Friday, August 19, 2016

Mangos, by Cory

'Fil Blanc' and 'Valencia Pride' mangoes
I have been planting seeds this summer of several varieties of mango, hoping for some new varieties that are adapted to our wet climate. 'Fransic' and 'Baptiste' are popular Haitian mangoes that can bear several crops per year, but we only get fruit set of those varieties during droughts and fruit that ripens during the second half of the year is mostly ruined by worms.

The only mango that fruits in all weather is 'Fil Blanc', which translates as "white string" and it can have up to four crops per year, at least two of them branch-bending heavy crops.

The skin is green, sometimes yellow and green, and the flesh is yellow-orange or light orange and is stringy. It can be as sweet and flavorful as most other mangoes and is not sour (which allows substituting most of the carbs in a diet with this mango when it is in season,,,think hungry Haitian kids and this fruit enthusiast) but the strings tend to get stuck between teeth and also limit its uses other than as a fresh, messy-to-eat fruit.

There are several varieties of 'fil blanc'. Some can get wormy and some don't.

Green new leaves of Valencia Pride
Most of the Florida mango varieties do not do well in wet climates and most tend to get wormy in our area.

Nam Dok Mai is a very good, long shaped "Florida mango" from Thailand that fruits several times per year and doesn't get wormy. Valencia Pride, from Florida, is also very good, fruits several times per year, at least the one grafted on a Fil Blanc does, but it can get wormy.

So I am planting seeds of the worm resistant Fil Blanc and Nam Dok Mai, and moderately worm prone Valencia Pride.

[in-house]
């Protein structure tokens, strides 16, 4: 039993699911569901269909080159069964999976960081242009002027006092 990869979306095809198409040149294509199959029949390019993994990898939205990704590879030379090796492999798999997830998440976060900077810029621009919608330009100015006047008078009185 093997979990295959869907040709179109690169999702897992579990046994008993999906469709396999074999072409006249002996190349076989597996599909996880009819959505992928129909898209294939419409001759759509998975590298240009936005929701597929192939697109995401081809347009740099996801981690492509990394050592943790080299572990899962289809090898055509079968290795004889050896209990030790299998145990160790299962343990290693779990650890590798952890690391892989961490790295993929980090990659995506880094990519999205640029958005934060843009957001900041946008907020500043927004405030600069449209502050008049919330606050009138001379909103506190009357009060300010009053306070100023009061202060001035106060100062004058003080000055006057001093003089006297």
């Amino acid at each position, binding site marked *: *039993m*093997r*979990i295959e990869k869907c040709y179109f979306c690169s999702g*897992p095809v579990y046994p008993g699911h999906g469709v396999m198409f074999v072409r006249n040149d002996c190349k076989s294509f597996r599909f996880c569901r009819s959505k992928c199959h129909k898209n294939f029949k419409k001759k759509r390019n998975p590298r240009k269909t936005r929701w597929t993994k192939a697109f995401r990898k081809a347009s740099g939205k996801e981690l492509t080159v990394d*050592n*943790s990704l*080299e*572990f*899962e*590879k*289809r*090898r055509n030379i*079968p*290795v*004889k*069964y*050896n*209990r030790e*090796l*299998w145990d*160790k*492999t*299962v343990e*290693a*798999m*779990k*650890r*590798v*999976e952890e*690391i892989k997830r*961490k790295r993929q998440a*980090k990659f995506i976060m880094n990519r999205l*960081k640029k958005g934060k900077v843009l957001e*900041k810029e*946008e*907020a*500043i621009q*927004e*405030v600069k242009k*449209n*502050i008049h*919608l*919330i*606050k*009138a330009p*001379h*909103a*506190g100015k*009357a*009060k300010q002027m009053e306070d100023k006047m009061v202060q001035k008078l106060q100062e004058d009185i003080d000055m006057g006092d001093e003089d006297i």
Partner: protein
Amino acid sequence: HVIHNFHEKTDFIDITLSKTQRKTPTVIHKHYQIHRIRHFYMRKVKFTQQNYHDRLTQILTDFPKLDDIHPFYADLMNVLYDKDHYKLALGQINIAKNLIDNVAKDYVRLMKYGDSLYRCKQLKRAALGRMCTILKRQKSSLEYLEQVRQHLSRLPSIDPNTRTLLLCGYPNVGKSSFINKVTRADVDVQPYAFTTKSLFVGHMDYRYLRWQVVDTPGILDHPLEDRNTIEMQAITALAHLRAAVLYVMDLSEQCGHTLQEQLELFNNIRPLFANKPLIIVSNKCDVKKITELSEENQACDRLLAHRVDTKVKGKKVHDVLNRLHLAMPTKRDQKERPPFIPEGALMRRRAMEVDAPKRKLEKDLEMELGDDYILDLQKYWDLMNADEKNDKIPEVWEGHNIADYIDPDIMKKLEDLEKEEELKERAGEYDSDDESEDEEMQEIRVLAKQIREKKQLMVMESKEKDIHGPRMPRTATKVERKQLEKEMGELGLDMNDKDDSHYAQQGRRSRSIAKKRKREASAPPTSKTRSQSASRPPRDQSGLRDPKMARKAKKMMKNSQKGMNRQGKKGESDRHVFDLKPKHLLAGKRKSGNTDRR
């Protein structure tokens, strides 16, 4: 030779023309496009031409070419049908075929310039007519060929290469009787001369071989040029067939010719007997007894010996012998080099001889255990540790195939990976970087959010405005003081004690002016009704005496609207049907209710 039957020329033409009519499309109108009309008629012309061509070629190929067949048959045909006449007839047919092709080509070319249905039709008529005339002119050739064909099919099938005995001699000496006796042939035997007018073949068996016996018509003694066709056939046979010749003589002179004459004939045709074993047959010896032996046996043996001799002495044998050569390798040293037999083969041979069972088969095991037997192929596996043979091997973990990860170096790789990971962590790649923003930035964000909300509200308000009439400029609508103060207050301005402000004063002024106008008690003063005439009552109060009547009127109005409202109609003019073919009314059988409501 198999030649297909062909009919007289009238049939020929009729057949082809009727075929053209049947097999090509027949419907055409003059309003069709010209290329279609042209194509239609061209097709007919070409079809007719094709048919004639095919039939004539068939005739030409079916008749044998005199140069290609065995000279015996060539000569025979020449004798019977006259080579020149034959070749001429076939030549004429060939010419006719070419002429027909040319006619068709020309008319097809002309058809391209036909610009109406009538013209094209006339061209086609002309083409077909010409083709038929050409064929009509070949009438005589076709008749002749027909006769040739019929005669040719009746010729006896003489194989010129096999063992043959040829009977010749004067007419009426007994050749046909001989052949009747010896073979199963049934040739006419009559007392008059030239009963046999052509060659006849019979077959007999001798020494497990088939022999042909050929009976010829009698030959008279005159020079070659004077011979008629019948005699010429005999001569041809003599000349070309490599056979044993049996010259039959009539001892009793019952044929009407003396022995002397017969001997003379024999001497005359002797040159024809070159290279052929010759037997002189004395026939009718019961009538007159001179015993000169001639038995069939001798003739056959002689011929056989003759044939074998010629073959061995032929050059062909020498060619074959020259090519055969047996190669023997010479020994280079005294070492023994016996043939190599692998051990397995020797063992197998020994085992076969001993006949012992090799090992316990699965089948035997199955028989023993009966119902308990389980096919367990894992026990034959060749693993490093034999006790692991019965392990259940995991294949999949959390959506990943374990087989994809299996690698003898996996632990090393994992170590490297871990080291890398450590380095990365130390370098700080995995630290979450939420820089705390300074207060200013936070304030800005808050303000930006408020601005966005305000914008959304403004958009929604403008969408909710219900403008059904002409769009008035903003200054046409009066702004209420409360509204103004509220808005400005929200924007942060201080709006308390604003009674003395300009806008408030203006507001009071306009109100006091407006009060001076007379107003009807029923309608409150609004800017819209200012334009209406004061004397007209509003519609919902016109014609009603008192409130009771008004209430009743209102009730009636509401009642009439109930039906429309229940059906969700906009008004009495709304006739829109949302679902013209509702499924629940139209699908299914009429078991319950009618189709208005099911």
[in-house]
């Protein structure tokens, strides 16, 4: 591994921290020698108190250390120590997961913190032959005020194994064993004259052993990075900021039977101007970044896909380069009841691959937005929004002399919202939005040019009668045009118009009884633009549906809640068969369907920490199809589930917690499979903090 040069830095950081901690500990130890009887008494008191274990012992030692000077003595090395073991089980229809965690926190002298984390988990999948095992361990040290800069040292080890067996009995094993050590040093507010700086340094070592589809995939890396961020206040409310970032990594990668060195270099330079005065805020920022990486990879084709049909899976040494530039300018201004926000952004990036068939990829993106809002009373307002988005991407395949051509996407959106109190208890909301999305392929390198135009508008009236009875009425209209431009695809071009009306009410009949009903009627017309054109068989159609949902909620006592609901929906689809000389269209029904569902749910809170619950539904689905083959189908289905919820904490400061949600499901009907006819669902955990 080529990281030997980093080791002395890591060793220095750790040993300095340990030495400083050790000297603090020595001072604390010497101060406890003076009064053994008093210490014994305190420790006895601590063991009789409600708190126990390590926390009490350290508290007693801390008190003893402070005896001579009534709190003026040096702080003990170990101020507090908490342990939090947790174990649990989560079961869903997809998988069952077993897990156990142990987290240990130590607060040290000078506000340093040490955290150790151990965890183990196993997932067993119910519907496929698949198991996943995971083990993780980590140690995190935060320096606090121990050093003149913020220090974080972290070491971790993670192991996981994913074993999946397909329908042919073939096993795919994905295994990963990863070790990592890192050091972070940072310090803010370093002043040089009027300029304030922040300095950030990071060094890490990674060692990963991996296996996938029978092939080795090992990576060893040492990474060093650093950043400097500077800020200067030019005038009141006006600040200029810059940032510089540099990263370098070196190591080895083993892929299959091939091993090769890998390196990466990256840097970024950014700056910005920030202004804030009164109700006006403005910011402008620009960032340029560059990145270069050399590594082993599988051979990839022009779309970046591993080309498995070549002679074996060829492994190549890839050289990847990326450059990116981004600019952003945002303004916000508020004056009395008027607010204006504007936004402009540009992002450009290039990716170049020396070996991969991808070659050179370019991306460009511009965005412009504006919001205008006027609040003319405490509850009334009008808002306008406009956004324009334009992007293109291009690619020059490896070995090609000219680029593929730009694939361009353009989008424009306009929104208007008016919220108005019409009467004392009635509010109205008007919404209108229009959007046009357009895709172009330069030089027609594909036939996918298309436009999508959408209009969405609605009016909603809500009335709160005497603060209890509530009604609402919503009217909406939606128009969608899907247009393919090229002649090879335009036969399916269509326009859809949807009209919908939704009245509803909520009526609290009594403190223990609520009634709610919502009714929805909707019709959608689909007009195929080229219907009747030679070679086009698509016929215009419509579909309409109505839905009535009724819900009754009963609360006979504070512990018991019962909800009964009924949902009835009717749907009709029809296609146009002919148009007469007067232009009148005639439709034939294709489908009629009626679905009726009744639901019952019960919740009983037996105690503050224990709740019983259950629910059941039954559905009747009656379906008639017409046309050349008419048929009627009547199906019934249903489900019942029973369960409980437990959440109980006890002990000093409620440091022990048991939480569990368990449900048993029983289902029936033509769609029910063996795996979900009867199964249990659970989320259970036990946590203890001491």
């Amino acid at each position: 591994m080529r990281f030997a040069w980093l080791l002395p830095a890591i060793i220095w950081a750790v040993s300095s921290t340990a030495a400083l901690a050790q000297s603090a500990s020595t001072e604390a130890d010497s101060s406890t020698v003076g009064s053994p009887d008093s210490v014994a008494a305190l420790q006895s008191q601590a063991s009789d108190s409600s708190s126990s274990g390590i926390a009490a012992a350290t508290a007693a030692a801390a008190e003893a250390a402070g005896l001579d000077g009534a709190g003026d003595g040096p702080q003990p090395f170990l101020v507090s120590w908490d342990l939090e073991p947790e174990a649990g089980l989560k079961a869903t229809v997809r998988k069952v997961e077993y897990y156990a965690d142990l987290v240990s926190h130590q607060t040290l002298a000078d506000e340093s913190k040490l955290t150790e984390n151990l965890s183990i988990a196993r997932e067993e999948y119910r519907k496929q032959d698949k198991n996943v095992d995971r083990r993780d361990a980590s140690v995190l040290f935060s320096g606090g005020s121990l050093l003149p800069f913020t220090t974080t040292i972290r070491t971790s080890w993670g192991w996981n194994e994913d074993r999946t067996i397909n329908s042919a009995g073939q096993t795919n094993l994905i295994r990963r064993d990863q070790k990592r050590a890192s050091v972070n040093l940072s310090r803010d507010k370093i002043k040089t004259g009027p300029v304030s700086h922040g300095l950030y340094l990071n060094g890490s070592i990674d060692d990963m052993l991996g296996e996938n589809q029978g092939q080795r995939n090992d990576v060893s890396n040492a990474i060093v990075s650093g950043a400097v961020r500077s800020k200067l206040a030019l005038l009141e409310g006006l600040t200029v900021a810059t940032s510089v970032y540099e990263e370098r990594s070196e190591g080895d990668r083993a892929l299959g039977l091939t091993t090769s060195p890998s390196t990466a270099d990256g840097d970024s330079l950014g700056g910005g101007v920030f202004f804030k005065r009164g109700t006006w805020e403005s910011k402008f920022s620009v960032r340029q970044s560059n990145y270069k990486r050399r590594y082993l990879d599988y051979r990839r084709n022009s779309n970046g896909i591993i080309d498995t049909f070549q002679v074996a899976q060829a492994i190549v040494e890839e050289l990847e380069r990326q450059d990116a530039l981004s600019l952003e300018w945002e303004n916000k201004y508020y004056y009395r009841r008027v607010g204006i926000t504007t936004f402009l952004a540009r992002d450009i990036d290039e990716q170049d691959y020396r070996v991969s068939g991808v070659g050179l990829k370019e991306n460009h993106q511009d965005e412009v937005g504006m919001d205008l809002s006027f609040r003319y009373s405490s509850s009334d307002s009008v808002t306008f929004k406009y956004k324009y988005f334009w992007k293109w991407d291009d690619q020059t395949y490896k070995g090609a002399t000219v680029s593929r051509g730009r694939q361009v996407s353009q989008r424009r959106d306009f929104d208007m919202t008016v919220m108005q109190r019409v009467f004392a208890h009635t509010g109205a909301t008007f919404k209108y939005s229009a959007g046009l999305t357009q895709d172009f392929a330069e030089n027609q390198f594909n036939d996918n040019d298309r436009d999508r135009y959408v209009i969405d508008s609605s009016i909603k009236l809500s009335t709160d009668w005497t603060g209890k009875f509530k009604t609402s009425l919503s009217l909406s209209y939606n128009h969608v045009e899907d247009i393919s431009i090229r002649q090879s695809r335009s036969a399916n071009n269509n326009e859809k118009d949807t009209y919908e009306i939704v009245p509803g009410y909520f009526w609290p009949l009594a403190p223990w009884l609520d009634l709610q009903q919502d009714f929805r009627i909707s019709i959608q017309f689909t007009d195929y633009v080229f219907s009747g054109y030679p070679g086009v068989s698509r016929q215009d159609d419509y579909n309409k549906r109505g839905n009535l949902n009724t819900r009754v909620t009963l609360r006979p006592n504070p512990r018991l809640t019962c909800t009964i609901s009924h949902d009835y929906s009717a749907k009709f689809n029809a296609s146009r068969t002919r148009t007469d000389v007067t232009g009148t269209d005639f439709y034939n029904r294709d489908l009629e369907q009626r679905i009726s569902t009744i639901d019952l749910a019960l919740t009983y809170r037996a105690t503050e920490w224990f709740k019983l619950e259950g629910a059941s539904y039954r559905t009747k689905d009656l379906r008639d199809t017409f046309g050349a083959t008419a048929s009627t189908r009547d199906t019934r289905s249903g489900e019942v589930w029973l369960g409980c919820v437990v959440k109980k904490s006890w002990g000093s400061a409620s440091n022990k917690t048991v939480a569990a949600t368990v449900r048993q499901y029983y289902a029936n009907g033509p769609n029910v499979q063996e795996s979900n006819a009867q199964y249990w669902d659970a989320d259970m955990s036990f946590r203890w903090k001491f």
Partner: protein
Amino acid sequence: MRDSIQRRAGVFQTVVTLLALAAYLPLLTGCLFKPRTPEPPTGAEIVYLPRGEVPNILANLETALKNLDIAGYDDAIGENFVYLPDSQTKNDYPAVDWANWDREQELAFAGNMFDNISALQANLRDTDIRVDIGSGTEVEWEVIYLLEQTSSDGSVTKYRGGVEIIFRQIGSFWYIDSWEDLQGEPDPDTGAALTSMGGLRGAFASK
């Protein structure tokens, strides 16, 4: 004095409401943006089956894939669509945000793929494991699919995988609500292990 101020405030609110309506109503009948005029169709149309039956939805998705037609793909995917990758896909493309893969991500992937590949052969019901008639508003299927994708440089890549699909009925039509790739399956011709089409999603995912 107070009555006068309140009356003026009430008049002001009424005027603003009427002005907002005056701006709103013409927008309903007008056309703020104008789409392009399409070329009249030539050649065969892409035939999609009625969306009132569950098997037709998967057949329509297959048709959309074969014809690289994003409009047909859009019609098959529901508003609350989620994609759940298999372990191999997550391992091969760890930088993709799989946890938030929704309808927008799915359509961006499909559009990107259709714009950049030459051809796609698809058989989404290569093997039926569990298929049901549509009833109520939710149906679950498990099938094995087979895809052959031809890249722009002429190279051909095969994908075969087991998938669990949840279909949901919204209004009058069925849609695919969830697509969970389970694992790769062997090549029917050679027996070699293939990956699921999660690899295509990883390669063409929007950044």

Fil blanc and Nam Doc Mai produce polyembryonic seeds, so most of those seedlings will be clones. But since this late summer (2nd) harvest wasn't exposed to the pollen of most other mango varieties which only bloom in the winter, most should be cross pollinated with the desired multiple harvest varieties. Fil blanc has dark purple new leaves and the others have green/tan new leaves, so crosses should be easy to spot and keep to grow out.

Valencia Pride X (Fil Blanc?) seedlings with red/brown new leaves
The genetics of mangoes is very diverse. Flavors and aromas include pineapple, apricot, lemon, pine, spice, floral and endless more. Many of the Florida commercial mango varieties are seedlings of the 'Haden' mango, including Valencia Pride.
Unlike Haitian mangoes, the seeds are monoembryonic with each seedling a new variety.  It will be interesting to see what some of these crosses result in. The green leaf seedlings of Valencia Pride that self pollinated or crossed with Fransic or another Haitian mango should still do well in drier parts of Haiti, even if only as far away as the Cap Haitian area, which is on the coast and much sunnier and drier.

Maybe in about 5 years we will have a delicious new 'Fauche Pride' mango!

1 comment:

Missus Wookie said...

Fascinating - I'd not realised you were developing your own types as well. We have a mango in our fruit bowl at the moment.